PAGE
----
If the air spring 8 is not to be vented any further, then the electrically-controllable 3/2 directional-control valve 30 is switched by the control unit 2 so that no current flows therethrough and the 3/2 directional-control valve 30 again assumes the switching state shown in FIG. 1. Directly after this switching state has been assumed, the same air pressure is present in the control line 26 of the first control input 20 as in the control line 28 of the second control input 22 so that a pressure equilibrium is present at the control inputs 20 and 22. The pneumatically-controllable directional-control valve 18 then transfers into the switching state shown in FIG. 1 because of the return force of the return spring 24. The level control arrangement is then again in the base state and is ready for a renewed filling or venting of the air spring 8.

The directional-control valve 18 is configured as a pneumatically-controllable directional-control valve. For this reason, the valve 18 can have a high flow cross section and, as a consequence thereof, the air dryer 6 can be rapidly vented in the regeneration mode. In this way, a good regeneration of the air dryer 6 is ensured even under unfavorable operating conditions of the level control arrangement.

FIG. 2 shows a level control arrangement for a vehicle having air springs 8 which is configured substantially in the same manner as the level control arrangement shown in FIG. 1. Only the configuration between the compressor 4 and the air dryer 6 is different. In the level control arrangement shown in FIG. 2, the controllable directional-control valves 18 and 30 are so connected that the level control arrangement assumes its base state. Filling of the air springs 8 takes place with the aid of the compressor 4 in the same manner as already described in connection with FIG. 1.

To vent the air spring 8, the electrically-controllable 2/2 directional-control valve 30 is driven by the control unit 2 so that the directional-control valve 30 transfers from the switching state shown in FIG. 2 into the other switching state. The first part 34 of the control line 26 leads to the control input 20 and is then connected directly to the atmosphere so that atmospheric pressure is immediately present at the control input 20. A higher pressure is present at the second control input 22. For this reason, the pneumatically-controllable directional-control valve 18 transfers from the switching state shown in FIG. 2 into the other switching state. The air spring 8 is then connected to the atmosphere via the throttle 16, the residual-pressure holding valve 12 and the compressor 6. The second part 36 of the control line of the first control input 20 and the control line 28 are also connected to the atmosphere via the controllable directional-control valve 30. For this reason, a small quantity of air flows via this path into the atmosphere when venting the air spring 8. The throttle 38 in the second part 36 of the control line 26 effects a pressure drop in the flow direction during the flow so that, because of this pressure drop, the pressure, which acts on the control input 20, is always less than the pressure that acts on the control input 22. For this reason, the pneumatically-controllable directional-control valve 18 assumes a stable switching state when venting the air spring 8.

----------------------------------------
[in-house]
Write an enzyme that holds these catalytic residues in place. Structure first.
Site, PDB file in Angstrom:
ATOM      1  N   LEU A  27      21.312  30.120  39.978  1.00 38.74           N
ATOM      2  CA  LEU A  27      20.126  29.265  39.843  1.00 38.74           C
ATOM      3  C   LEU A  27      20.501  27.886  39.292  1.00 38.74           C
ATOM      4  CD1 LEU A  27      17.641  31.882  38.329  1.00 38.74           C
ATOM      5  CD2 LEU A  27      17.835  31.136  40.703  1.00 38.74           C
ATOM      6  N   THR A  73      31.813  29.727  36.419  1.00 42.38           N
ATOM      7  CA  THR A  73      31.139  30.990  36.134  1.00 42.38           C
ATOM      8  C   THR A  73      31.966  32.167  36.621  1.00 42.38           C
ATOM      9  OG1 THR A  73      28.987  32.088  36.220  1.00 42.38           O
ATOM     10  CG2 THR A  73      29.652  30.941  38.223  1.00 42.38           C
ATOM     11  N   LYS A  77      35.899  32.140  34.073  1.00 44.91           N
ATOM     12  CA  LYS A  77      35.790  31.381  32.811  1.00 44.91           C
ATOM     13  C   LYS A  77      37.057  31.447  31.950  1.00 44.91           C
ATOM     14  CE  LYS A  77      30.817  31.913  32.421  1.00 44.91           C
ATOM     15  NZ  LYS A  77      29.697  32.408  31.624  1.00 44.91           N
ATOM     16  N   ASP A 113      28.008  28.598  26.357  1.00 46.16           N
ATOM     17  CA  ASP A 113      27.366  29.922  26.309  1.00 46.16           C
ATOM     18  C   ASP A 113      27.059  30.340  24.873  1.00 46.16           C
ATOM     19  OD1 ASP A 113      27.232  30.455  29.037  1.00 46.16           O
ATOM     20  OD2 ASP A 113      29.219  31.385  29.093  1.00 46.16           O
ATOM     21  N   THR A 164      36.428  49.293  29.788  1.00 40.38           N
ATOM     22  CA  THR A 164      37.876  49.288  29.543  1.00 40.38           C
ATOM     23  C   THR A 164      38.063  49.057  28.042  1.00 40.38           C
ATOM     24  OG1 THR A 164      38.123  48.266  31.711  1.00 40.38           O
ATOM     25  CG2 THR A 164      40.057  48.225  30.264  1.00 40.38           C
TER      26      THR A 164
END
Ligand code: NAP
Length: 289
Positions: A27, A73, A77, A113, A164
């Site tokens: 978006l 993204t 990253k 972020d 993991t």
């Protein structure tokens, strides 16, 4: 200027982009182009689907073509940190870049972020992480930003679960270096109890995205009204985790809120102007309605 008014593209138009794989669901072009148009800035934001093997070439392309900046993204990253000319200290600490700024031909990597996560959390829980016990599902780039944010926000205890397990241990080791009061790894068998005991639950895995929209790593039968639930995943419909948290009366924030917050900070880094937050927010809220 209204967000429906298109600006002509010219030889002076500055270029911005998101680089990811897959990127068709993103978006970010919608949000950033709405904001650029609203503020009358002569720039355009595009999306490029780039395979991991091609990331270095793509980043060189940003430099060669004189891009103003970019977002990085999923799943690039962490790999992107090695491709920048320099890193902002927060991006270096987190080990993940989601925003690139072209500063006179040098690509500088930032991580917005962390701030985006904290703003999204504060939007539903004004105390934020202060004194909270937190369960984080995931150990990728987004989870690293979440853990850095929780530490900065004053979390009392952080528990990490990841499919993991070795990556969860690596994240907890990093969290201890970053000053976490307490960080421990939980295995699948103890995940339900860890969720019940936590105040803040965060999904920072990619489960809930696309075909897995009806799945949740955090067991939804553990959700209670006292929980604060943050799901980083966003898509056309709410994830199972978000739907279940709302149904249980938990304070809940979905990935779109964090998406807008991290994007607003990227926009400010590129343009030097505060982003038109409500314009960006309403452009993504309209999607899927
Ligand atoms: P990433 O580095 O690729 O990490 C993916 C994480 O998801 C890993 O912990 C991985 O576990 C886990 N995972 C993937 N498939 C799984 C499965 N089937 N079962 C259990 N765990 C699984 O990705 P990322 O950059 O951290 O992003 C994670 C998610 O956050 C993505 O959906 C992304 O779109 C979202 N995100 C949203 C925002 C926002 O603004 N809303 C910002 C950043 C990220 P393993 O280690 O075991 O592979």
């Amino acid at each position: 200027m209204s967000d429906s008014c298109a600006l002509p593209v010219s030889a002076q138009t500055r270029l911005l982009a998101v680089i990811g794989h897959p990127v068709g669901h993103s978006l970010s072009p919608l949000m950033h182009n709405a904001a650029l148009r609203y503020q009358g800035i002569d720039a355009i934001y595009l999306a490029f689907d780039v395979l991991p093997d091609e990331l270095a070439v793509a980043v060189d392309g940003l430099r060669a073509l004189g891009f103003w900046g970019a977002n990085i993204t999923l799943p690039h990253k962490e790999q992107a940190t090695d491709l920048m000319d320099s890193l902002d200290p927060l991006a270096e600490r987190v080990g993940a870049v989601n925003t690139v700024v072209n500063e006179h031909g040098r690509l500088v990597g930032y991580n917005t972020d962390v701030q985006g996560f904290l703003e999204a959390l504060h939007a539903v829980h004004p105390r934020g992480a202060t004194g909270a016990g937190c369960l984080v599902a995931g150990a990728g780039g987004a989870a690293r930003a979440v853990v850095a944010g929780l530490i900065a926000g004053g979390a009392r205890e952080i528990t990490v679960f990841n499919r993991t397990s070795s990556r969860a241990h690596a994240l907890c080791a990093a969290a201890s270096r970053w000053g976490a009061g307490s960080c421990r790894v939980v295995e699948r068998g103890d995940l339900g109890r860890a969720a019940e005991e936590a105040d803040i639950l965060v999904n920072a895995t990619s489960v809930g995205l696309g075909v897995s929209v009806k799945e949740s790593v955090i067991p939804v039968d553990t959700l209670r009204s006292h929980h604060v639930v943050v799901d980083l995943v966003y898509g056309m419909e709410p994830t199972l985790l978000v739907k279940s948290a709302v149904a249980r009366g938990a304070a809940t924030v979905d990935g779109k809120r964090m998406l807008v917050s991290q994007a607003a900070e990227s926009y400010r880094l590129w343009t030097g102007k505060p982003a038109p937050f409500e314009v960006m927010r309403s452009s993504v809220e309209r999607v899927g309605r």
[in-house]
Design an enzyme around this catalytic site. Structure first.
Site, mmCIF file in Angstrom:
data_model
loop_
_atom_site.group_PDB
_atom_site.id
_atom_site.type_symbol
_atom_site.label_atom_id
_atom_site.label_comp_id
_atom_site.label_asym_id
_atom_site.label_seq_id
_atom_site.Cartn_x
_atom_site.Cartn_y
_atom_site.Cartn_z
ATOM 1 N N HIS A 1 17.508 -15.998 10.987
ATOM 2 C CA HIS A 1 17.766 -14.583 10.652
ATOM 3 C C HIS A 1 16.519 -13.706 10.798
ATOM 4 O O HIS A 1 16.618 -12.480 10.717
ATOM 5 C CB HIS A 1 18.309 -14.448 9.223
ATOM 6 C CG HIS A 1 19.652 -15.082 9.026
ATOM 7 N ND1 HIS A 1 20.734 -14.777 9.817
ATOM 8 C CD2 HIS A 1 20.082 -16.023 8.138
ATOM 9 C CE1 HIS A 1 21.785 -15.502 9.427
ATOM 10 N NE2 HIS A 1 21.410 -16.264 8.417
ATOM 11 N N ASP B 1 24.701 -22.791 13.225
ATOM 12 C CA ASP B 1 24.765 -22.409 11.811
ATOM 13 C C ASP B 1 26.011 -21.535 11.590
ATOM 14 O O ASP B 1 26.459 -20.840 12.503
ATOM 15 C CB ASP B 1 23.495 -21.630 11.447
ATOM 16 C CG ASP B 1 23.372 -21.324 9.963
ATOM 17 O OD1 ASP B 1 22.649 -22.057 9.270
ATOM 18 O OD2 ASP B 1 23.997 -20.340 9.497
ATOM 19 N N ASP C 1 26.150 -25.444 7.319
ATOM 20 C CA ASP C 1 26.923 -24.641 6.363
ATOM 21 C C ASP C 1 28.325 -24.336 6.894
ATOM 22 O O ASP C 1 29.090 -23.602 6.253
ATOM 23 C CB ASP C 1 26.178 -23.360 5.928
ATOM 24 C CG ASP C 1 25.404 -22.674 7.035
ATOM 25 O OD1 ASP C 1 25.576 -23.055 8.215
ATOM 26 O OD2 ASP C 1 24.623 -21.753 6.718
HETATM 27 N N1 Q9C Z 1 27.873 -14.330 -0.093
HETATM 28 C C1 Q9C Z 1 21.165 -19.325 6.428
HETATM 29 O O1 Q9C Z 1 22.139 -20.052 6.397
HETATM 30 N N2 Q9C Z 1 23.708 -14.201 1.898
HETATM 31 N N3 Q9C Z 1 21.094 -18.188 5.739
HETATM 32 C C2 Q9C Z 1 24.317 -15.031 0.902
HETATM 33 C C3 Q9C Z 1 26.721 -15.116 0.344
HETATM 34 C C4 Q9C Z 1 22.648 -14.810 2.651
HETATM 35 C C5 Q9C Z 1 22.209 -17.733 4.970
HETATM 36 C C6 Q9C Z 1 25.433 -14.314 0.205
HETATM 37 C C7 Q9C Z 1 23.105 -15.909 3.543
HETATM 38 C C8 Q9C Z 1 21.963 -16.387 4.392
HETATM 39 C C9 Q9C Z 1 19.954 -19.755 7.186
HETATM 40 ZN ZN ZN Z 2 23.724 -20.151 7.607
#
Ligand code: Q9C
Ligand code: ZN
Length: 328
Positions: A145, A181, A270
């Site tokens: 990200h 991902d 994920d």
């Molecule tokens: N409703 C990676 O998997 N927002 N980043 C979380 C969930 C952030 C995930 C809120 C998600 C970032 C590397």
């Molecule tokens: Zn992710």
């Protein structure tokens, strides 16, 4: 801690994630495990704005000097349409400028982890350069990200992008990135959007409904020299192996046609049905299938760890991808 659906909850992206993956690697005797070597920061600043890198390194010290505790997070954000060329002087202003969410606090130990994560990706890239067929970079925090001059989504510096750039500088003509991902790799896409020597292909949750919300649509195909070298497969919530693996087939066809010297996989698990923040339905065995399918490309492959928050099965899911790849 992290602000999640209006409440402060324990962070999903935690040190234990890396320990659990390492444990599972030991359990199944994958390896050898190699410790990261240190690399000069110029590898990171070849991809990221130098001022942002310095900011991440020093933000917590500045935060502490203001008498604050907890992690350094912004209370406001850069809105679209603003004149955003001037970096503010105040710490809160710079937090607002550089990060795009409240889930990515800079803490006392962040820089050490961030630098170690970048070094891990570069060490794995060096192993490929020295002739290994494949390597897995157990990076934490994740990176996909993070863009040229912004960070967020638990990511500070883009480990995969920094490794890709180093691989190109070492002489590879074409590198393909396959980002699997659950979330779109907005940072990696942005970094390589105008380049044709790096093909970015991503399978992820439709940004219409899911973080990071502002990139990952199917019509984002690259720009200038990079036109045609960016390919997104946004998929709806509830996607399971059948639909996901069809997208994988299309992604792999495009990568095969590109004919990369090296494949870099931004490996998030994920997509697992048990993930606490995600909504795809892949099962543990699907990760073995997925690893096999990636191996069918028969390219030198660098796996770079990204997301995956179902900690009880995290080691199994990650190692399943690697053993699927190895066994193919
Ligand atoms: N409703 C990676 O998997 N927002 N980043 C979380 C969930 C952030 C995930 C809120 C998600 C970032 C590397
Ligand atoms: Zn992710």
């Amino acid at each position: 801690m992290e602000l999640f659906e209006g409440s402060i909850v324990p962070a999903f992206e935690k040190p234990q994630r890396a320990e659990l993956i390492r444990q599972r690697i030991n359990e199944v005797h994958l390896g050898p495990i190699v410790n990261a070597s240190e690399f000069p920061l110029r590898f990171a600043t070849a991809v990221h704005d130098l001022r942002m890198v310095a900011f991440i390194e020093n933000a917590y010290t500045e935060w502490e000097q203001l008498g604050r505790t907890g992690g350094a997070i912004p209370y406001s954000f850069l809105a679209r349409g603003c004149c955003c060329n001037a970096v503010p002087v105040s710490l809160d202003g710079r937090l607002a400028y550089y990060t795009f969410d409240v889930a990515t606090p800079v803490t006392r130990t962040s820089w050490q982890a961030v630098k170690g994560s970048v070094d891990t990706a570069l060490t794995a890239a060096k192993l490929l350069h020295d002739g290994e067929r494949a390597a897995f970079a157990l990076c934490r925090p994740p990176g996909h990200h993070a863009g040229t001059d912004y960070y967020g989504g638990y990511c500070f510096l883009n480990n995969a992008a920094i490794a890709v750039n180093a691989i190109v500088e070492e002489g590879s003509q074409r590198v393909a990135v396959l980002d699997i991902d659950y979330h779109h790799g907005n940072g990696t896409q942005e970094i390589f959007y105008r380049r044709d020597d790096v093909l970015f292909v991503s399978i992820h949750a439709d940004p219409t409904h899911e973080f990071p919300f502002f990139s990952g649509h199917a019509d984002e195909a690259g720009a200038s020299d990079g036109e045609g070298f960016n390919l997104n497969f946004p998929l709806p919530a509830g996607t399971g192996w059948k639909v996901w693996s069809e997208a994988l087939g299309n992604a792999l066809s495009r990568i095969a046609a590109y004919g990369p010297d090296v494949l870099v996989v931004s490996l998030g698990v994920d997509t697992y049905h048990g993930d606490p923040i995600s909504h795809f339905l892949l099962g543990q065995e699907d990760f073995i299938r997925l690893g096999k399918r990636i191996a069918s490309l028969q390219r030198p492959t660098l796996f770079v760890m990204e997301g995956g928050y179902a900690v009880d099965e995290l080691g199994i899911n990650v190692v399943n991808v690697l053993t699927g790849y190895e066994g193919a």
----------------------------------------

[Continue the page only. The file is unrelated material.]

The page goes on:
If the air spring 8 is not to be vented further, then the electrically-controllable directional-control valve 30 is first switched by the control unit 2 so that no current flows therethrough and so that this directional-control valve again assumes the switching state shown in FIG. 2. After a short time, the same air pressure adjusts in the first control line 26 as in the second control line 28 so that the same air pressures are effective at the control inputs 20 and 22. Because of the return force of the return spring 24, the pneumatically-controllable directional-control valve 18 then again assumes the switching position shown in FIG. 2 and the level control arrangement transfers again into its base state.